2. This is really great advice. I am not quite to the beta reader phase yet, but it is sure to arrive before I know it.

        Creating character-driven scenes with conflict are so important to building tension. Thanks for this straightforward look at how to make sure you are crafting scenes that accomplish this.

        Liked by 1 person

        1. Hi E.M.A, have fun when you get to the beat reading phase. It’s stressful, but with good readers you’ll gain a lot of knowledge from it. It took me a while to figure out the different between conflict and tension. I thad that lightbulb moment, and then it got easier to control.

          Liked by 1 person

  2. Love your checklist on checking scenes to see if they are doing enough work! That is a constant pitfall I see in some of my beta reads. Not only must every scene serve more than one purpose (plot advancement, character building, etc), but those purposes and its consequences must come across clearly to the reader.

    Liked by 1 person

    1. Hi Vanessa, I’m already using the feedback app on my current WIP. We have other writers testing on their manuscripts to ensure we are capturing what’s important to other writers – not just what I want of my books 🙂


  3. Having clear scene goals is one of the things that I’ve also found really helpful in editing, although I’ve never thought to approach it from a POV angle before! It’s so easy to write things thinking you know what they’re adding to your novel, but then when you actually ask the questions, it turns out that a given scene isn’t actually doing what you hoped it would …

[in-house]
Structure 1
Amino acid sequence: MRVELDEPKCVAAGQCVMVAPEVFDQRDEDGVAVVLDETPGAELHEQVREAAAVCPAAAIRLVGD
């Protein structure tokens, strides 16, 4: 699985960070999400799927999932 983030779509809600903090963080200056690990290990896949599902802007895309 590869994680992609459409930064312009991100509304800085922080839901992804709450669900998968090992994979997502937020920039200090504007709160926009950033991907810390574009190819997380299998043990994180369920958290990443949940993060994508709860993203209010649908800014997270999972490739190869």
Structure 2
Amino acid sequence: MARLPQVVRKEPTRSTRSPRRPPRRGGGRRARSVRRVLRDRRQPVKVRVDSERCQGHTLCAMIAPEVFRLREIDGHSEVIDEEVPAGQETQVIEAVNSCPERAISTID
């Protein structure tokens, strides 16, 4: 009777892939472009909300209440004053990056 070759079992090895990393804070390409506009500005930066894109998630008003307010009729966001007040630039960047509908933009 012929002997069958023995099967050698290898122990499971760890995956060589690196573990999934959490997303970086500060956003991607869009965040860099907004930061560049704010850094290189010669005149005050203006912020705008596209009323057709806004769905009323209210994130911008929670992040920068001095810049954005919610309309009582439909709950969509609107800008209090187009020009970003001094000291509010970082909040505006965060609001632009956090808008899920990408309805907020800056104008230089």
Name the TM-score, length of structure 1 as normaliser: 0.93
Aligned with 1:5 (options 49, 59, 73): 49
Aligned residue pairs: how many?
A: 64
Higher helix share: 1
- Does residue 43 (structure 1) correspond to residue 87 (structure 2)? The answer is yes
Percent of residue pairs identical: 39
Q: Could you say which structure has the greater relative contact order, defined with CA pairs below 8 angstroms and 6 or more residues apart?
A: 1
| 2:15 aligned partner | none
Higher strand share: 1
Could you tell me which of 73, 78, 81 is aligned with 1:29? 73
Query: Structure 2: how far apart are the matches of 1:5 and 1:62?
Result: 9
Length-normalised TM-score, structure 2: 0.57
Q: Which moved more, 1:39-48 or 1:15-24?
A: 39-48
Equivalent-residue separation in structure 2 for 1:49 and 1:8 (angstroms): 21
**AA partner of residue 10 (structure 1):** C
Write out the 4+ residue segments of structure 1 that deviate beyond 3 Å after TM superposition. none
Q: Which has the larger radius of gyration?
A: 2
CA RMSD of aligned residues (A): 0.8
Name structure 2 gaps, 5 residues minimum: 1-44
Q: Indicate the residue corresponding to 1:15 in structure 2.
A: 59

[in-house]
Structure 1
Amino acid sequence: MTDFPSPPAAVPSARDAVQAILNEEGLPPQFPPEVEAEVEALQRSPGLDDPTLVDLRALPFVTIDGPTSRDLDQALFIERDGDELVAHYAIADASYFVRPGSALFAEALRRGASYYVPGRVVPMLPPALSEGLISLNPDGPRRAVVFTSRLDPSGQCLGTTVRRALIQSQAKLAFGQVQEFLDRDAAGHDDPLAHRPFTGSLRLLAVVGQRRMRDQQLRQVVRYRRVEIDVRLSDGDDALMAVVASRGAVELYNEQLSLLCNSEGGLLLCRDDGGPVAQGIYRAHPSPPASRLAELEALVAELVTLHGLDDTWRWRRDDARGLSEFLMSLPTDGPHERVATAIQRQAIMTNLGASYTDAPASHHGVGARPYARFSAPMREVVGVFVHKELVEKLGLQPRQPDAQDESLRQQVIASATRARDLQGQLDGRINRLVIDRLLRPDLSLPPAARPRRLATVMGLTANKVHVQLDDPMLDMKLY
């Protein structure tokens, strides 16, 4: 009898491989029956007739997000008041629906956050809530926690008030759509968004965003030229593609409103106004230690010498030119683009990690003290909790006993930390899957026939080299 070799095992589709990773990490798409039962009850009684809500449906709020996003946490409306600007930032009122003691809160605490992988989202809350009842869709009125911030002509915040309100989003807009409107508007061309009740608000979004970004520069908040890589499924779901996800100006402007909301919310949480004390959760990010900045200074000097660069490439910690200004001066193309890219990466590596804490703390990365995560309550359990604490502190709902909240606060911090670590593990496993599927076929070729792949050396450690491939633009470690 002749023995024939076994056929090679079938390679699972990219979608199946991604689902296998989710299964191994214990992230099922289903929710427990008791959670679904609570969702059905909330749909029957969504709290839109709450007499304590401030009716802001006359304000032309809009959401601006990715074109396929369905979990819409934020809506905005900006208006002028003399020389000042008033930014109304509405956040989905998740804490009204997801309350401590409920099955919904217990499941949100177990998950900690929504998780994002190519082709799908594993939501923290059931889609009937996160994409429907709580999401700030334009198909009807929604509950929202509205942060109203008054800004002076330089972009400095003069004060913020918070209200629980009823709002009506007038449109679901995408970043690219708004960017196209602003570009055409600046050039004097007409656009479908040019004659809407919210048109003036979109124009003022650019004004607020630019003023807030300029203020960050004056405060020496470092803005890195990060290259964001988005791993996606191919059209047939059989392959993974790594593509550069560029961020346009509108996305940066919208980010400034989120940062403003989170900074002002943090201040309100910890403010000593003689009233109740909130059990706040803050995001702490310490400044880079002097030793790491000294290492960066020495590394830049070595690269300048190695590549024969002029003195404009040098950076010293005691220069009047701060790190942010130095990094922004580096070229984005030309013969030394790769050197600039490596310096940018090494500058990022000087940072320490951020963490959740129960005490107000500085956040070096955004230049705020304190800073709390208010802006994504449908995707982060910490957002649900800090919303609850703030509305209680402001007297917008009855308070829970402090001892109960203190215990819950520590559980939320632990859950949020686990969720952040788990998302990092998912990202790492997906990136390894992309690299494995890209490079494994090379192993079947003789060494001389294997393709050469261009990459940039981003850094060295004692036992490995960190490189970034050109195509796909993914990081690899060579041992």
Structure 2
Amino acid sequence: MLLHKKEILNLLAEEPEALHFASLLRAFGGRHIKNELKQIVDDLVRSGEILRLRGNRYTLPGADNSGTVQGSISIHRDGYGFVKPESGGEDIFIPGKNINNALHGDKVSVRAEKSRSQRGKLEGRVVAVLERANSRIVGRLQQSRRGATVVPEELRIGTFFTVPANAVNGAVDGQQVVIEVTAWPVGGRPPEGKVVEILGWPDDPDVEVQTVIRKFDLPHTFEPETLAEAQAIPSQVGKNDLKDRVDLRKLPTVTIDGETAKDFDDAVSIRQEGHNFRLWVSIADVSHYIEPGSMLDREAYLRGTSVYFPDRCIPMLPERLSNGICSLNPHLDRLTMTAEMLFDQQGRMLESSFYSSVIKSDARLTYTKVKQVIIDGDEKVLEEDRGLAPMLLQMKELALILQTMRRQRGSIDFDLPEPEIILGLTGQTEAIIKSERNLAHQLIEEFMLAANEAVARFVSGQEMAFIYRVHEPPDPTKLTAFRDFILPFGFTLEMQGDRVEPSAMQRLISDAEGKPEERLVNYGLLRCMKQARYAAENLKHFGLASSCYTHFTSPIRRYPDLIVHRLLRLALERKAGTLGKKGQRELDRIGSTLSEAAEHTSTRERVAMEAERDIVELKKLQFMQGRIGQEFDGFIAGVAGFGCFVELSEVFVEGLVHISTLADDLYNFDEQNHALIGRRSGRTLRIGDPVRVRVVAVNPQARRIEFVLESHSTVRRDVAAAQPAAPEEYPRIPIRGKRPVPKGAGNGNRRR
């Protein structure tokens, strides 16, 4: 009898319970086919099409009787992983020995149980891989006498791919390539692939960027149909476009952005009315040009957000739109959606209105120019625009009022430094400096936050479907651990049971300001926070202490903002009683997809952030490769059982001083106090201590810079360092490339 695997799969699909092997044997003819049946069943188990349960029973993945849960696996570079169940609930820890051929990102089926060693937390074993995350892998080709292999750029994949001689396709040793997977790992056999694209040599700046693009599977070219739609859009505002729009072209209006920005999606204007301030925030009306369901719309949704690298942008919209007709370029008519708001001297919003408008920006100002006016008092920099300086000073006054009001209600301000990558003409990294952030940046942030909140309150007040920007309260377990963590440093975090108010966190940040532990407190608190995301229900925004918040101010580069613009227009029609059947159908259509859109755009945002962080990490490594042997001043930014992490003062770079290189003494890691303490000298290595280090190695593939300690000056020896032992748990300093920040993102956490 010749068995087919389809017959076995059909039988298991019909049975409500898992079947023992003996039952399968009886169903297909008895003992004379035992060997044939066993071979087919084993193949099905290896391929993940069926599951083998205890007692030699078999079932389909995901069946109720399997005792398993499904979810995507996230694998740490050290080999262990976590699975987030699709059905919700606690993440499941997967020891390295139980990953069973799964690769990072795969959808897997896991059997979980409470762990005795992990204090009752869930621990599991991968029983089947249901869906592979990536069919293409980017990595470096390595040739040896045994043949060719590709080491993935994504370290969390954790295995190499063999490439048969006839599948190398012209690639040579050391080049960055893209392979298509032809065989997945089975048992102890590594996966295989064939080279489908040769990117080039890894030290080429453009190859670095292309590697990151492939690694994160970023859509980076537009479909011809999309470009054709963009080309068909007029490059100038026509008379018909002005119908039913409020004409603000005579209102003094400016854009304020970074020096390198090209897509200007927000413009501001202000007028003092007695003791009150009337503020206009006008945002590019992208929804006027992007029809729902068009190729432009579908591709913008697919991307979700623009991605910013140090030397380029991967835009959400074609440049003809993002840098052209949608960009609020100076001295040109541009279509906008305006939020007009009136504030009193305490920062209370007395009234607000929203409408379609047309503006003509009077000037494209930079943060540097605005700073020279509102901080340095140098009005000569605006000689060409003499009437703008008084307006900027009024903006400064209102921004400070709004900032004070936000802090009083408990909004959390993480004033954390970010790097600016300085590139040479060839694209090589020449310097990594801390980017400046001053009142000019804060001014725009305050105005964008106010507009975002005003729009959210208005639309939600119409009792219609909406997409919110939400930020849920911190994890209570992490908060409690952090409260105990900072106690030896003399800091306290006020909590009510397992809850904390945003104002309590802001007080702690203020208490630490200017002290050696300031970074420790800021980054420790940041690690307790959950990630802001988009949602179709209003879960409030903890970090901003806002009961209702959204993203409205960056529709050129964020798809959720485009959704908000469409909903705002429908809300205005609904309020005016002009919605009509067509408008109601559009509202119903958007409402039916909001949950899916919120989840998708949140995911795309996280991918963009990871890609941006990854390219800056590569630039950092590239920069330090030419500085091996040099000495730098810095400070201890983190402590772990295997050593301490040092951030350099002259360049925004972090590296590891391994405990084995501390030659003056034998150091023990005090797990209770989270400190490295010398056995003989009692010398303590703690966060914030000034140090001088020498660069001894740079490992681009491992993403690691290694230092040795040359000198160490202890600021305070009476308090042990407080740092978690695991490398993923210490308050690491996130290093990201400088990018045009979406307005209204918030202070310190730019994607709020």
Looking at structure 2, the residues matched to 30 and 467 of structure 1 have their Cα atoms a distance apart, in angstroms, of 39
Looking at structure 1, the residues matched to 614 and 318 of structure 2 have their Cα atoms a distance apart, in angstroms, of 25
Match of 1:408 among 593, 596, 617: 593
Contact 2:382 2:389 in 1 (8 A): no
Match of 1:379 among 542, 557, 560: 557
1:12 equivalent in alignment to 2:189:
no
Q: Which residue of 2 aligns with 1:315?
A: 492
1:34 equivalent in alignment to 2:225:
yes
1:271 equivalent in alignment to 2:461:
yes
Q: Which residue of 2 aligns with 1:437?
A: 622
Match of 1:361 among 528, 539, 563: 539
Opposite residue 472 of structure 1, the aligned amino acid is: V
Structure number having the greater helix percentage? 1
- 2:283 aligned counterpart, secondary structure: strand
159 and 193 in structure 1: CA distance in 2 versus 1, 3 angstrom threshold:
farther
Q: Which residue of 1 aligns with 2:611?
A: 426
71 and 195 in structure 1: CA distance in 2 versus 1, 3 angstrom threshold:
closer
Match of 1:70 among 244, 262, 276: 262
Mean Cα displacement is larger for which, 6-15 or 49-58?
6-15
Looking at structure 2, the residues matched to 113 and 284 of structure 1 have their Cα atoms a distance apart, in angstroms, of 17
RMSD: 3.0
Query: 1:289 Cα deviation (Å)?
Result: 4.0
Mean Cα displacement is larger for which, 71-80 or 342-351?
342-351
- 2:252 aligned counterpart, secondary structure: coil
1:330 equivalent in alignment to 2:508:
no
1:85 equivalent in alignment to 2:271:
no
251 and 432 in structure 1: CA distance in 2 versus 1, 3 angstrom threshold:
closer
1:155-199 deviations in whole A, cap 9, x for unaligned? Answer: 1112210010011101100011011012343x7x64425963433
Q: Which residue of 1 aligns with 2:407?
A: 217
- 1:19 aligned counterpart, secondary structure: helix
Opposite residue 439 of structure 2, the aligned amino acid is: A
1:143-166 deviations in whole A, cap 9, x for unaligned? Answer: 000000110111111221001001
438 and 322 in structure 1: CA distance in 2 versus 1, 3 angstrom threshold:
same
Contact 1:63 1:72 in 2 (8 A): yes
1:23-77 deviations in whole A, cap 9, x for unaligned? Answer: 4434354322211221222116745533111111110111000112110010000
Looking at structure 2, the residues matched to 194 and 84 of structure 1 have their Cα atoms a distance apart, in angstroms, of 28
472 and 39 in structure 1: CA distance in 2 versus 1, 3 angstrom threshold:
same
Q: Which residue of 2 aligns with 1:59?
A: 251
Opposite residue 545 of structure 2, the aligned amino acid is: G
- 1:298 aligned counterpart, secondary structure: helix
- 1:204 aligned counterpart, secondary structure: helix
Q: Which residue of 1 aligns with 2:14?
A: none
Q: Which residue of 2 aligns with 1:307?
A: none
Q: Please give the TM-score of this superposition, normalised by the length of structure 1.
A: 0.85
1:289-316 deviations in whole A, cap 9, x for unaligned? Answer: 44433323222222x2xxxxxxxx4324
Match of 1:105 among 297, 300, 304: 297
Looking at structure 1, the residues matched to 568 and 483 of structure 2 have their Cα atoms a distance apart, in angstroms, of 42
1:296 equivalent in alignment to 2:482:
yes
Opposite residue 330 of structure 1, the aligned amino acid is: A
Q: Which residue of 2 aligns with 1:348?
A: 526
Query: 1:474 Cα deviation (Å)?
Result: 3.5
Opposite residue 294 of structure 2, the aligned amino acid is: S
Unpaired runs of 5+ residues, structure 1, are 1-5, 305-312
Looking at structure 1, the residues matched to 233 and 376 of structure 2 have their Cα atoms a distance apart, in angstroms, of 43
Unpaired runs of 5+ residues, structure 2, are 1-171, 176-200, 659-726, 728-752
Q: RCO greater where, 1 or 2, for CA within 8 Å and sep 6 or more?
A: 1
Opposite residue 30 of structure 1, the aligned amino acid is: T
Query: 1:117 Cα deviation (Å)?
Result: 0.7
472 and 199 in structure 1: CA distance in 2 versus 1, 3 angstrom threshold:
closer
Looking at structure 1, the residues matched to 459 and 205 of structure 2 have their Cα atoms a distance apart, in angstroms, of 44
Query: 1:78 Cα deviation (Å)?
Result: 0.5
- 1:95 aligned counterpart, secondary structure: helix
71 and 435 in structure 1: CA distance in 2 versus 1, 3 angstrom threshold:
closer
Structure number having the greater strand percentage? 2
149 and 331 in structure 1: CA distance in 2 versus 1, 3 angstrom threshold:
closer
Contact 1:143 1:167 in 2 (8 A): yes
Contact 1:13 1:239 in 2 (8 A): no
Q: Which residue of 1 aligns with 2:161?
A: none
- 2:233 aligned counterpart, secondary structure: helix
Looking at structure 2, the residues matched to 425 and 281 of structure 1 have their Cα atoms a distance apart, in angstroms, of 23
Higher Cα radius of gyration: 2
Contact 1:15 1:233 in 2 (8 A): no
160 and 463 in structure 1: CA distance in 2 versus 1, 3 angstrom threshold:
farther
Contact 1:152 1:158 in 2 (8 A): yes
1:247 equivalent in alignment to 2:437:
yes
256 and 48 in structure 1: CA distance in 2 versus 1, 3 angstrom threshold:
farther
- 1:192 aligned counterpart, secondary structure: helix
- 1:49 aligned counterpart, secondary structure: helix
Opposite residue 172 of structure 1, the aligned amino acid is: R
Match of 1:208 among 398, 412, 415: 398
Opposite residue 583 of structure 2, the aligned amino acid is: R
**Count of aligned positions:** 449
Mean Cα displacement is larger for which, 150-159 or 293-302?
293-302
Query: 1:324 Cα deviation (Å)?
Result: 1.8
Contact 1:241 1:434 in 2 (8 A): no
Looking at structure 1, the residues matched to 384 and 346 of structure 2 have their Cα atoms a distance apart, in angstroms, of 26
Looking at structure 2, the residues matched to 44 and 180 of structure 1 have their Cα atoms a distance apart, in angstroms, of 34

Liked by 1 person

    1. Hi Katherine, I need a process to follow or I just read my scene and think it’s great. If I ask myself hard questions, and am honest about the answers, my scenes always turn out better. It’s hard work, but I love it.

      Liked by 1 person

  4. Hi Katherine, I wrote a blog about word count at http://bit.ly/2qVHlv7 A scene could be as short at one word or it could be thousands of words. The idea is to think about how word count affects pacing. If you want to slow the pacing, add more detail and lengthen a scene. Faster pacing, shorten the scene. There is a lot of talk about 1200 words being ideal because so many readers use phones to read these days. If a scene is too long, it’s hard to stick with it on a phone.


  5. So people read for character.

    As a writer and freelance editor, I read a lot of books and blog posts on all aspects of writing, and there seems to be little agreement on what is most important – plot or character. Plot seems to be winning, if the books are anything to go by.(Perhaps because it’s easier to set a good formula for plot that for character).

    But you’re right: people read for character. I’m currently reading a novel which meanders a bit in terms of plot and structure, but I keep reading because of the characters.

    Great discussion – thanks!

    Liked by 1 person

    1. Hi Iola, Thanks for stopping by. There are so many things to consider when writing. A great plot is certainly important, too. There’s no easy way to write a novel readers will love – but the hard word it lots of fun.